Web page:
On Friday, March 20, 2020, the Office of Management and Budget (OMB) issued Memorandum No. M-20-18, titled “Managing Federal Contract Performance Issues Associated With The Novel Coronavirus (COVID-19).” The Memorandum, directed to the heads of all Executive Departments and constituent federal agencies, provides key guidance on maintaining continued contract performance while respecting the need to protect the safety of the contracting community during this unprecedented time. The critical aspects of the Memorandum, accompanied by a contractor “To Do” list, are as follows:
1. Consistent with FAR 7.108, agencies are “strongly encouraged” to work with contractors to evaluate and maximize telework for contractor employees whenever possible. To the extent existing contracts do not provide for telework, the Memorandum explicitly instructs agencies to contemplate modifying the contract to provide for such circumstances. In the event that a contract requires the physical presence of a contractor (g., because the work is performed at a government facility), agencies are directed to “consider being flexible on delivery schedule contract completion dates.”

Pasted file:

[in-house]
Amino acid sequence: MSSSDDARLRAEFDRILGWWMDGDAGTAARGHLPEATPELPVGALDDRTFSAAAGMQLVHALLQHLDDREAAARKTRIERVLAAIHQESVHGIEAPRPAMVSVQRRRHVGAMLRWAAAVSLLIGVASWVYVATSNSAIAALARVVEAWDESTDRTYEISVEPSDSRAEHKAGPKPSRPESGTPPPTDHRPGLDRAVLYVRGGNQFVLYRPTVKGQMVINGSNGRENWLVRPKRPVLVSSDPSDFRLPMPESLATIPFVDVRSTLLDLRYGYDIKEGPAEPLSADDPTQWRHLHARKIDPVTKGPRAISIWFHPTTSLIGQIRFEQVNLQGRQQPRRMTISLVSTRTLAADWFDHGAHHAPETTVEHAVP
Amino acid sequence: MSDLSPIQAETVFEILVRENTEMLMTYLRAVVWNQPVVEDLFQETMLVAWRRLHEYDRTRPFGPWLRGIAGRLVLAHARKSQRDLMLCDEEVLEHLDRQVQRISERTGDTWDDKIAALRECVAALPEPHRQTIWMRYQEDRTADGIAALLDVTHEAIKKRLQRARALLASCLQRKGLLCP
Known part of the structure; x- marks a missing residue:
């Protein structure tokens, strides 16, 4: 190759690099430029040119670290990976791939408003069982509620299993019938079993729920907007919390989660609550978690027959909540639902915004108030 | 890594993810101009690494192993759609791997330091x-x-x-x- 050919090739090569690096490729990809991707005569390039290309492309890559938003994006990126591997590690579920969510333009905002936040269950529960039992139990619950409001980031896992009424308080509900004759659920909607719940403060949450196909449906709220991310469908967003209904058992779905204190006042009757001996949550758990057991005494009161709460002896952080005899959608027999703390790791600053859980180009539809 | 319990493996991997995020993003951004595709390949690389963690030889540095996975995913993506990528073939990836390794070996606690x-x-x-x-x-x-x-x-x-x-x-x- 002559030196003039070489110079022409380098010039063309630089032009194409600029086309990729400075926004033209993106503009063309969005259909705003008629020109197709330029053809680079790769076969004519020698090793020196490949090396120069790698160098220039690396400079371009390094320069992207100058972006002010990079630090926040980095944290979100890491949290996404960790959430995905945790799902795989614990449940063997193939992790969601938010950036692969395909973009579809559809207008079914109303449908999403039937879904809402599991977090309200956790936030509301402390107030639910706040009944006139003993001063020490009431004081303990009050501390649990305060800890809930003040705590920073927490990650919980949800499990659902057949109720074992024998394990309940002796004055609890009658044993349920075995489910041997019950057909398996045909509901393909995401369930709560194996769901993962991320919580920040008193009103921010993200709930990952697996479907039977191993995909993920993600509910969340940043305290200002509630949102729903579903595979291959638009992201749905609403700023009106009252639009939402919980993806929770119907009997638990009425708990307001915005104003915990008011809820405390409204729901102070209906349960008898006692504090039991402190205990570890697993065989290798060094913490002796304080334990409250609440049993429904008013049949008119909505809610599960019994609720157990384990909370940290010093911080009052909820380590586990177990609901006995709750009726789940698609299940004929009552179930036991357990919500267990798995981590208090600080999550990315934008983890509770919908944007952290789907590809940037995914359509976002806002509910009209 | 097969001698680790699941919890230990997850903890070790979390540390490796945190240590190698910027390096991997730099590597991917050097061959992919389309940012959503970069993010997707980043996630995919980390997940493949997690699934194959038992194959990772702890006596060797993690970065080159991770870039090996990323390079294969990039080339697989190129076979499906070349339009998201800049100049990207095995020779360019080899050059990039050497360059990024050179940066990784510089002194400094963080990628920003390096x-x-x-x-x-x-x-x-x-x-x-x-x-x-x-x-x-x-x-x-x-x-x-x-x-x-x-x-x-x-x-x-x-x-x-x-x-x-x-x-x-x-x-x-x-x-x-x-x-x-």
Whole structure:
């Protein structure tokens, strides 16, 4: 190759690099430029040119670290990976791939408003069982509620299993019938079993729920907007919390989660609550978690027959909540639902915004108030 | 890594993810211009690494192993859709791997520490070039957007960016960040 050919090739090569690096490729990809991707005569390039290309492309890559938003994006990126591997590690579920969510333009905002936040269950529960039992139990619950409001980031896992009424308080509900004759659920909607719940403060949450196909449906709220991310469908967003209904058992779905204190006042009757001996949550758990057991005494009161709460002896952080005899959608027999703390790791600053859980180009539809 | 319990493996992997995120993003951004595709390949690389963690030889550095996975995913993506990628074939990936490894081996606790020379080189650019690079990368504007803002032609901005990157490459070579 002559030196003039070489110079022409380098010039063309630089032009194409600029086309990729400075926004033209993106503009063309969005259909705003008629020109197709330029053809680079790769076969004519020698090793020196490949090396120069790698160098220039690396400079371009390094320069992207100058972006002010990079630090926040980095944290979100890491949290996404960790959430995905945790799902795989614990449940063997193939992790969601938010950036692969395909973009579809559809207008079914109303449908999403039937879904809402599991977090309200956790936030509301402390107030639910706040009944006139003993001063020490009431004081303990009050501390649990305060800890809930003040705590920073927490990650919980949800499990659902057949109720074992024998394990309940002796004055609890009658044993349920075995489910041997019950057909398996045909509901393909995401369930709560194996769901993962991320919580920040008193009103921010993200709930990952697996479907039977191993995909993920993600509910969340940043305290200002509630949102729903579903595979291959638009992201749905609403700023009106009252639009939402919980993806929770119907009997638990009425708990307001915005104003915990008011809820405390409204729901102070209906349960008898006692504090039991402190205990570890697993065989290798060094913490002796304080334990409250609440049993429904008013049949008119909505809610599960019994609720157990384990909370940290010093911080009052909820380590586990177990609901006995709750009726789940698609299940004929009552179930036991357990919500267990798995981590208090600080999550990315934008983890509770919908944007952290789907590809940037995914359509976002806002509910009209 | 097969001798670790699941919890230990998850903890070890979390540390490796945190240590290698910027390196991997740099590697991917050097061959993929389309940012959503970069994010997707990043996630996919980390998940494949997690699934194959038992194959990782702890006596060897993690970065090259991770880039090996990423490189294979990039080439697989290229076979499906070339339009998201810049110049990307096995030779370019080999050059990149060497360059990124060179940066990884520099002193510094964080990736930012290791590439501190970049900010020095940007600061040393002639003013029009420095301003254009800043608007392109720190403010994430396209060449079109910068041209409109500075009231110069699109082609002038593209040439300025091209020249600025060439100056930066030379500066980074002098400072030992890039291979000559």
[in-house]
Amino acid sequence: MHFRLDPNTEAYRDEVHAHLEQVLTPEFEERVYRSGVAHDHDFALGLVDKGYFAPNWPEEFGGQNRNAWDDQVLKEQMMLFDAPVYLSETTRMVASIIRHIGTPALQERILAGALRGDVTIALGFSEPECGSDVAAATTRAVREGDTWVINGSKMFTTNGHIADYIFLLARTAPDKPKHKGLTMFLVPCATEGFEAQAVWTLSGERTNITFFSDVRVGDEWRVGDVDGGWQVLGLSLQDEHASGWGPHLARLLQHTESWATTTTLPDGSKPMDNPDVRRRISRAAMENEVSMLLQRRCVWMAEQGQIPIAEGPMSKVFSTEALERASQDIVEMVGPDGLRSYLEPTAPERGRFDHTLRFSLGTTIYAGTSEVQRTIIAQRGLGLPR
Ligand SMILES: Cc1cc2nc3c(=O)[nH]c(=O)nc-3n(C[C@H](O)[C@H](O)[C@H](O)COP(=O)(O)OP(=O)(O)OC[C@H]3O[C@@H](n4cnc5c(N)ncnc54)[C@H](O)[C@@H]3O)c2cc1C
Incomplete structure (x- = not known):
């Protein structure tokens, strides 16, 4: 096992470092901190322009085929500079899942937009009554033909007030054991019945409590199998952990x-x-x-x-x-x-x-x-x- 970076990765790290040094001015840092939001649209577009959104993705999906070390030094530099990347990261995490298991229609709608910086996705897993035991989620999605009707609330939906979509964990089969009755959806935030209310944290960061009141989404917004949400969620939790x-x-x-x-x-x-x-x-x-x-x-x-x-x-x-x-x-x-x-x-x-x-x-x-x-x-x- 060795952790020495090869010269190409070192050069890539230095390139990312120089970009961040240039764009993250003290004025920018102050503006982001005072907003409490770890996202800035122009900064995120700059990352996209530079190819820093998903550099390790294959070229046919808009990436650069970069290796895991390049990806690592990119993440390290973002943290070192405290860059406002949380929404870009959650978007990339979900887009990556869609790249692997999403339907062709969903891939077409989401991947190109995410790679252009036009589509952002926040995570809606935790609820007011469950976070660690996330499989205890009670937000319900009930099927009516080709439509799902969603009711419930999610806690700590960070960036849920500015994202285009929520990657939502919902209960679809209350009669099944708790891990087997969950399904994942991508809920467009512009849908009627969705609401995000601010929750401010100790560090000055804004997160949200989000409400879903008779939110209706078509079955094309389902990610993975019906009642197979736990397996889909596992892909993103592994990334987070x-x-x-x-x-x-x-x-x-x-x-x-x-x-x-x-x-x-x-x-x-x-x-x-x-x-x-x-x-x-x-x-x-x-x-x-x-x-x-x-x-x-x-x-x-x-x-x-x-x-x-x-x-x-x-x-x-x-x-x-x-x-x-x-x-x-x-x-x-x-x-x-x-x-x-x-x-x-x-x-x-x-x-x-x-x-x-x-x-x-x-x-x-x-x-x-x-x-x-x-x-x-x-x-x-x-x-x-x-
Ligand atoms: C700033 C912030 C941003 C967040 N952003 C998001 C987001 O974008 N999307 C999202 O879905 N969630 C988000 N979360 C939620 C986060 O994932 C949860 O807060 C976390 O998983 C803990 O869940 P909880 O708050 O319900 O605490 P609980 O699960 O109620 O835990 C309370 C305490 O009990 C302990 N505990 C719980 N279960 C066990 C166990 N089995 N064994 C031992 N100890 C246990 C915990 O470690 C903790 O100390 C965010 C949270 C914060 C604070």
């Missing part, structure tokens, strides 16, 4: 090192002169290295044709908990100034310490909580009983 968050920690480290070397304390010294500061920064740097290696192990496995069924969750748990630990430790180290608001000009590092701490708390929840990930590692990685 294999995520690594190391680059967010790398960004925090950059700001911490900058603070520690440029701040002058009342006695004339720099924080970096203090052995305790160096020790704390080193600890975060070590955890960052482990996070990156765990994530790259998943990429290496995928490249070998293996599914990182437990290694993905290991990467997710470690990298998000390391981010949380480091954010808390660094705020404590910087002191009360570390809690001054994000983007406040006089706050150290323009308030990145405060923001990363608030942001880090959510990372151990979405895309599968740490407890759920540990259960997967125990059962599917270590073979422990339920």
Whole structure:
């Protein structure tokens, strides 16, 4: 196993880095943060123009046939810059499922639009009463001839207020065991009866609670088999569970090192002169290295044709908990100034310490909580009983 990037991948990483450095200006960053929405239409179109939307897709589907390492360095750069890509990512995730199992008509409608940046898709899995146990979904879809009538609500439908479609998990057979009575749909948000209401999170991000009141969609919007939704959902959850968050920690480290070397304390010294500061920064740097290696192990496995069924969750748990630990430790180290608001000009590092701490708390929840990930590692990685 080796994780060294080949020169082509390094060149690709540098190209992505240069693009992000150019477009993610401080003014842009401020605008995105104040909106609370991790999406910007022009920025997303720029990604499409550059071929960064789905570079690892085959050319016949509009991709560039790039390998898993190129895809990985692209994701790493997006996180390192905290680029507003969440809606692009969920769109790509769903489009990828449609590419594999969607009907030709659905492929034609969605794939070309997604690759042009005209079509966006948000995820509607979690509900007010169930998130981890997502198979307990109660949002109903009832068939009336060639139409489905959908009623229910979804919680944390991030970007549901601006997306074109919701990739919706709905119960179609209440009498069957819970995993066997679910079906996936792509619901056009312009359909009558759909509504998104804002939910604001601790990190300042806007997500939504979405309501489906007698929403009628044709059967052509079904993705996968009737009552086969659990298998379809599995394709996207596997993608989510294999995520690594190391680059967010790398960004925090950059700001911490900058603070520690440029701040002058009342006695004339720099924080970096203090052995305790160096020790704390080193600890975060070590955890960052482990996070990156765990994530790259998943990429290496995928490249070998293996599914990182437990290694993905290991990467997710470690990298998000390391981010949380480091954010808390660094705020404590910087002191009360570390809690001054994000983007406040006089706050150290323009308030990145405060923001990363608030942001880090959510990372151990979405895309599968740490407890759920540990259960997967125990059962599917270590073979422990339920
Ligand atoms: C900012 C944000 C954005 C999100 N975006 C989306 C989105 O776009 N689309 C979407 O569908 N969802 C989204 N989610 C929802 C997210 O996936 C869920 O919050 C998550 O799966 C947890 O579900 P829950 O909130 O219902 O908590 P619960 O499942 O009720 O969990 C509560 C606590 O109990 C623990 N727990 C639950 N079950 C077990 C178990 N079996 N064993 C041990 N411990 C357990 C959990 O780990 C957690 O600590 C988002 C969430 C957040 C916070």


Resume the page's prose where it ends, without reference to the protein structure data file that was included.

TO DO: To the extent telecommuting is not presently permitted or already being addressed for the contractual work being done, coordinate with your contracting officer (not just the Contracting Officer Technical Representative (COTR) or Contracting Officer Representative (COR)) – in writing – on the scope and need for contractor employees to telecommute. Document all related correspondence.
2. Agencies should be flexible in providing extensions to performance obligations if a contractor is unable to perform due to interruptions related to COVID-19. In FAQs attached to the Memorandum, OMB specifically cited Excusable Delays clauses codified at FAR 52.249-14, 52.212-4(f), and 52.211-13 as examples of regulations that allow such performance extensions. The FAQs note that if performance is not feasible – even with extensions – contracting officers “should discuss the situation with the contractor to determine if other options are available” and should consider a termination for convenience and re-procurement with no negative past performance repercussions to the contractor unable to perform.